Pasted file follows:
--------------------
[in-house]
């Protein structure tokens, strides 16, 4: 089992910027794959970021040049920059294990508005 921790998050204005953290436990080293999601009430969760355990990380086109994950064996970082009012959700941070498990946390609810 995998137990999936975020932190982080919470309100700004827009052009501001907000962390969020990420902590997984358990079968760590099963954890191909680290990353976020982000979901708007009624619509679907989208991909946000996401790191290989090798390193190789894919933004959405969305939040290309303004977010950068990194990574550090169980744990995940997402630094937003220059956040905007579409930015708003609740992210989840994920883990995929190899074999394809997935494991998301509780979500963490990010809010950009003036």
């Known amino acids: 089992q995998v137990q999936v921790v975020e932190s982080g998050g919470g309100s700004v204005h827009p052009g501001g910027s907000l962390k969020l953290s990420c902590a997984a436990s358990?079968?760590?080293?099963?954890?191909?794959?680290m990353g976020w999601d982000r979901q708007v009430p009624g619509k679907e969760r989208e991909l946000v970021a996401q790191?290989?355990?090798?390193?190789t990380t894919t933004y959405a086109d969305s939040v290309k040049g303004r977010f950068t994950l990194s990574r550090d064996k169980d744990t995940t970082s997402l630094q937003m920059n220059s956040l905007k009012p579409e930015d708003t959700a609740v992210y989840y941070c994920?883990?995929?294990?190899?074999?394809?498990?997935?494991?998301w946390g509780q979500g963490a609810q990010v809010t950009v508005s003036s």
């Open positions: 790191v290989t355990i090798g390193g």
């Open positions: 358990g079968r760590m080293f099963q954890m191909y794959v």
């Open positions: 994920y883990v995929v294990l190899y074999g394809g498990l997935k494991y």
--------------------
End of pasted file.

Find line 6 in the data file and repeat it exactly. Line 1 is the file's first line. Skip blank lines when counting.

């Open positions: 994920y883990v995929v294990l190899y074999g394809g498990l997935k494991y």